Collins, P.H. 2012. “Looking Back, Moving Ahead: Scholarship in Service to Social Justice.”

Collins, Patricia Hill. 2012. “Looking Back, Moving Ahead: Scholarship in Service to Social Justice.” Gender and Society 26 (1): 14-22.

Of her identities: “I am all of these things some of the time, but not of these things all of the time” (14). Fluidity in how others perceive her shape her intellectual production, involves multiple situated standpoints that can compete and contradict based upon social locations. Cannot merge standpoints into situated narrative – works to sustain commitment to dialogical knowledge production – therefore, true synthesis is futile. Describes work in community schools and professor in AA studies department – was not trying to change society nor study it, but trying to use ideas as a mode of fostering social justice.

Intellectual production as intellectual activism – — engaged, ethical scholarship

Bases in combining continental philosophy, Frankfurt school background, importance of scholarship for social justice, exiled Jewish intellectuals, ethical frameworks of Catholicism.

“Fostering social justice required finding a way to speak to [students, marginalized populations] and not just about them” (18). Students’ rejection of feminism (assumedly for white women), engagement of alternative epistemologies – the need of knowledge and power relations for those seeking social justice.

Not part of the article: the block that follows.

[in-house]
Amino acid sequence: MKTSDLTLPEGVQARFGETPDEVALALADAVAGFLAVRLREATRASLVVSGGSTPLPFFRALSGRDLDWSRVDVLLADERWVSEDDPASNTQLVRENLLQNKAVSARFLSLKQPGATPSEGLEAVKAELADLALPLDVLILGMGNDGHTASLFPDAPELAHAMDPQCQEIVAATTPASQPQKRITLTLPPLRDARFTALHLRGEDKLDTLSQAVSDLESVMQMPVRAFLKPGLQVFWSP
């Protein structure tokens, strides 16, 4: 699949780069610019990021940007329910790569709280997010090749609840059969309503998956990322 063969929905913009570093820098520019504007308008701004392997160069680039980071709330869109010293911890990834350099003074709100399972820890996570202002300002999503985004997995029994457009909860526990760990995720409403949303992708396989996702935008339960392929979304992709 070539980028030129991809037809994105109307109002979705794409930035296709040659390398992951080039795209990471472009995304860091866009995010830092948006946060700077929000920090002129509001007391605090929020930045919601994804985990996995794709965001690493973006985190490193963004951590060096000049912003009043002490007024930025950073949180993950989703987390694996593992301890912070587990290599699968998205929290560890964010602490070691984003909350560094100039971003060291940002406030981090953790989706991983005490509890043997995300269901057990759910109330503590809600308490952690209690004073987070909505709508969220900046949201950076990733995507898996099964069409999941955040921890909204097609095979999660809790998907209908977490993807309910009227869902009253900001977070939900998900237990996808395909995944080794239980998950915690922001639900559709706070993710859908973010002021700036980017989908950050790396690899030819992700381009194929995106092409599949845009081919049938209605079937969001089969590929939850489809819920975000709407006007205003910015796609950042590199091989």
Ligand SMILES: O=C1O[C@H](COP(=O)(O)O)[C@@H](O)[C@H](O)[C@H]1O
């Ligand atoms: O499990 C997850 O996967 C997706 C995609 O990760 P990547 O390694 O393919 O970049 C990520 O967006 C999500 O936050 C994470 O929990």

Asks: What accounts for social justice? What can we do to foster social justice? (20)

Forthcoming works:

  • Public Conversations: collects unpublished essays on longitudinal social justice projects, dual-forms of truth-telling, focuses on dialogical knowledge projects
  • Intersectionality: examines intersectionality as a knowledge project that is itself situated in material, social, and intellectual contexts, as an interdisciplinary, international form (asks – What happens when an idea like intersectionality travels across multiple social locations?), questions the scholarly “definition” offered to the term intersectionality as it is “a diverse set of practices, interpretations, methodologies, and political orientations” (22) – cannot be assume to be a fixed body of knowledge, method, or theory. Lastly, questions prospects and future of scholarly and social action applications of intersectionality.
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